If you don’t find a policy you like or can afford on the marketplace website, you may want to check out a Health Care Sharing Ministry. It’s not health insurance. Instead, it’s a program where group members help to pay for each other’s medical expenses.
You need to be religious to qualify, and there’s no guarantee a particular claim will get covered. However, your monthly financial responsibility will likely be far less than if you opted for a traditional health insurance plan.
Need dental and vision coverage? Your health insurance policy may offer some benefits. If not, you can compare quotes from the major carriers.
Pro Tip: If you need to replace other insurance policies, like life or disability, you can obtain quotes from multiple insurers on websites like Policygenius.
Compare Your Retirement Plan Options
You may wonder: what's the best retirement plan for self-employed folks? While we can’t make that decision for you, we can introduce you to some popular options:
- Solo 401k: Great for solopreneurs and freelancers and functions similarly to your workplace 401k. You can contribute as both the employee and employer.
- Traditional or Roth IRA: IRA stands for “Individual Retirement Arrangement.” Traditional IRAs give you a tax benefit upfront, while Roth IRAs give you one when you withdraw funds.
- SEP-IRA: SEP stands for “Simplified Employee Pension.” This investment vehicle is an IRA explicitly designed for the self-employed.
Additional reading: Learn about the Self-Directed IRA.
When you’re self-employed, you don’t earn if you don’t work. But you still need to take time off regularly. You can cover your sick and vacation days by setting aside a portion of your income each month. That way, you can tap into those funds to cover your expenses when you’re out of the office.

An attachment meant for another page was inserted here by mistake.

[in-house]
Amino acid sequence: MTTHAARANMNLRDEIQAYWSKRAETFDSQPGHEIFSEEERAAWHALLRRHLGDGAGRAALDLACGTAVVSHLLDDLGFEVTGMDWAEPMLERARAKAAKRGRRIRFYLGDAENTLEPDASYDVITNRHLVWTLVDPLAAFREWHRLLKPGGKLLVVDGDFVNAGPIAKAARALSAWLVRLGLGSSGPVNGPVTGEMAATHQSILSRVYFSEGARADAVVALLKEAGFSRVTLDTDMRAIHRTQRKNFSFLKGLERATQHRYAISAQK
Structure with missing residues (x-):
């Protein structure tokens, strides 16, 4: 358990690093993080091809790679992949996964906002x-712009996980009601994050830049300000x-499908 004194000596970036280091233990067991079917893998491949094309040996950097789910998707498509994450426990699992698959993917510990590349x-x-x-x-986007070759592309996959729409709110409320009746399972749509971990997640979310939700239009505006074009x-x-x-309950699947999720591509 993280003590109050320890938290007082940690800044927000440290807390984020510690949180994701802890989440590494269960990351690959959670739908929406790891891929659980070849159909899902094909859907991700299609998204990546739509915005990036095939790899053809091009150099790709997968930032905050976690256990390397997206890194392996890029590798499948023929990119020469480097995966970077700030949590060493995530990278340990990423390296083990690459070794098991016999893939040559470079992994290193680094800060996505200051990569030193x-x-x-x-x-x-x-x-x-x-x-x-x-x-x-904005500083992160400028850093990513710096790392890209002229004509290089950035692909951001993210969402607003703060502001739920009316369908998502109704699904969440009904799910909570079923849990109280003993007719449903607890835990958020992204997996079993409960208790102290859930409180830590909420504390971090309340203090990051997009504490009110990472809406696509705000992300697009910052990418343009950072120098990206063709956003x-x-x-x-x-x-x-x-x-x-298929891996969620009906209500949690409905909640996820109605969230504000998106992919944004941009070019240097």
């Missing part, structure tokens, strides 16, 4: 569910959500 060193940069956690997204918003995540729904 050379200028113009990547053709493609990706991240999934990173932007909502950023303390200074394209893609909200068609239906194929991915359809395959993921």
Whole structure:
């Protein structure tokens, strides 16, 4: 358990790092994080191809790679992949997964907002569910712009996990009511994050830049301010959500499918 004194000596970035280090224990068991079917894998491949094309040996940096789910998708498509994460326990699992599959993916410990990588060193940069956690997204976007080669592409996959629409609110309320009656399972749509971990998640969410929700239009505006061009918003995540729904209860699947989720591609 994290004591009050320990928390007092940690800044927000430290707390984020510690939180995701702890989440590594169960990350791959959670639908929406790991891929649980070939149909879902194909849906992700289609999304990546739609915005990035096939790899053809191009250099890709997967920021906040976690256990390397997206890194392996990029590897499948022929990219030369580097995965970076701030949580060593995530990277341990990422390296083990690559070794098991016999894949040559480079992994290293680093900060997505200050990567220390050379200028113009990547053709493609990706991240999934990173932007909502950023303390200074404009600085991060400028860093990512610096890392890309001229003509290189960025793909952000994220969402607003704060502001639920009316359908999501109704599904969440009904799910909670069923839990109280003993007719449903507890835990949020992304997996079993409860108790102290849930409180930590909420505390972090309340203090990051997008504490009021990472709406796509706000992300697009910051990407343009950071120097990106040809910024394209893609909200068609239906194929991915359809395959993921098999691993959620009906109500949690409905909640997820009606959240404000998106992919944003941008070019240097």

Try to Cut Costs
At this point, you’ve probably realized how much your employee benefits package was worth.
Fortunately, there are some ways you can reduce the expenses that you now have to shoulder alone. Explore these tips on how to save money on:
Bonus read: Want to get lean and toned on a budget? Check out the best free and inexpensive health fitness apps.
Go Self-Insured or Uninsured?
If you have a healthy cash reserve, you may decide to self-insure. That means you don’t purchase insurance but instead cover all your expenses – including what an insurance company would.
Essentially, you’re betting that your out-of-pocket cost will be less to cover those expenses than to pay insurance plan premiums. But it’s a gamble, so you must be comfortable with that risk.
Pro Tip: You can save money on treatment if you get sick or hurt while uninsured.
Take That Deduction
You can often deduct health insurance premiums and retirement savings plan contributions on your taxes.
Taking advantage of these tax breaks can improve your budding business’ bottom line. But remember, it’s wise to consult a qualified accountant or financial professional to help you lawfully maximize your deductions (and profits!).
Transitioning from traditional employment to self-employment doesn’t negate your need for a healthy and secure future.
Fortunately, you can assemble a benefits package that gives you the insurance coverage and financial tools you need to thrive for years to come.
Tell us: Have you created your own self-employment suite of perks? If so, what did you include and why?